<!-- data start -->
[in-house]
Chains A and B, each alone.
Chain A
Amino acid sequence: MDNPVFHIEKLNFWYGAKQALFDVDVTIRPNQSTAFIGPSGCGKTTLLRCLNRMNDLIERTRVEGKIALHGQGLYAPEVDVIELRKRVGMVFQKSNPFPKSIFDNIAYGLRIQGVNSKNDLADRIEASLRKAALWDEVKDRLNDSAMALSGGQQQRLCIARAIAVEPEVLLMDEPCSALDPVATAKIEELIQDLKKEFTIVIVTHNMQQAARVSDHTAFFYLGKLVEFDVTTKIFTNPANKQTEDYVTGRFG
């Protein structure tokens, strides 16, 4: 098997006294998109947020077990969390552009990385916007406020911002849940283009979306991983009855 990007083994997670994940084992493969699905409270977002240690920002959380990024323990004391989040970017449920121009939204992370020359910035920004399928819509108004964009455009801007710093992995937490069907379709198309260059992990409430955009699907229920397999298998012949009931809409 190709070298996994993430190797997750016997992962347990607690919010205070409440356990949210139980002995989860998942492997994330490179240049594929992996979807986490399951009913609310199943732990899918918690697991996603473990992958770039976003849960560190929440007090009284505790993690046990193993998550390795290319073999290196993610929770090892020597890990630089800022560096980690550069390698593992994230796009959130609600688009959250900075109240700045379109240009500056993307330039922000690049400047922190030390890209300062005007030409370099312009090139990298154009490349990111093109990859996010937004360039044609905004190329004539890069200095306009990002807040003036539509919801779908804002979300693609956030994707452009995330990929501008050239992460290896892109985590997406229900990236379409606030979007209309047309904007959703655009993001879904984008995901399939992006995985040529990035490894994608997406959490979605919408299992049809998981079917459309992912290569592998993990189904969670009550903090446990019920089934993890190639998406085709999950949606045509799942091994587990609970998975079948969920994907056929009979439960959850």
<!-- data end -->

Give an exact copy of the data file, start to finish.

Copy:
[in-house]
Chains A and B, each alone.
Chain A
Amino acid sequence: MDNPVFHIEKLNFWYGAKQALFDVDVTIRPNQSTAFIGPSGCGKTTLLRCLNRMNDLIERTRVEGKIALHGQGLYAPEVDVIELRKRVGMVFQKSNPFPKSIFDNIAYGLRIQGVNSKNDLADRIEASLRKAALWDEVKDRLNDSAMALSGGQQQRLCIARAIAVEPEVLLMDEPCSALDPVATAKIEELIQDLKKEFTIVIVTHNMQQAARVSDHTAFFYLGKLVEFDVTTKIFTNPANKQTEDYVTGRFG
């Protein structure tokens, strides 16, 4: 098997006294998109947020077990969390552009990385916007406020911002849940283009979306991983009855 990007083994997670994940084992493969699905409270977002240690920002959380990024323990004391989040970017449920121009939204992370020359910035920004399928819509108004964009455009801007710093992995937490069907379709198309260059992990409430955009699907229920397999298998012949009931809409 190709070298996994993430190797997750016997992962347990607690919010205070409440356990949210139980002995989860998942492997994330490179240049594929992996979807986490399951009913609310199943732990899918918690697991996603473990992958770039976003849960560190929440007090009284505790993690046990193993998550390795290319073999290196993610929770090892020597890990630089800022560096980690550069390698593992994230796009959130609600688009959250900075109240700045379109240009500056993307330039922000690049400047922190030390890209300062005007030409370099312009090139990298154009490349990111093109990859996010937004360039044609905004190329004539890069200095306009990002807040003036539509919801779908804002979300693609956030994707452009995330990929501008050239992460290896892109985590997406229900990236379409606030979007209309047309904007959703655009993001879904984008995901399939992006995985040529990035490894994608997406959490979605919408299992049809998981079917459309992912290569592998993990189904969670009550903090446990019920089934993890190639998406085709999950949606045509799942091994587990609970998975079948969920994907056929009979439960959850």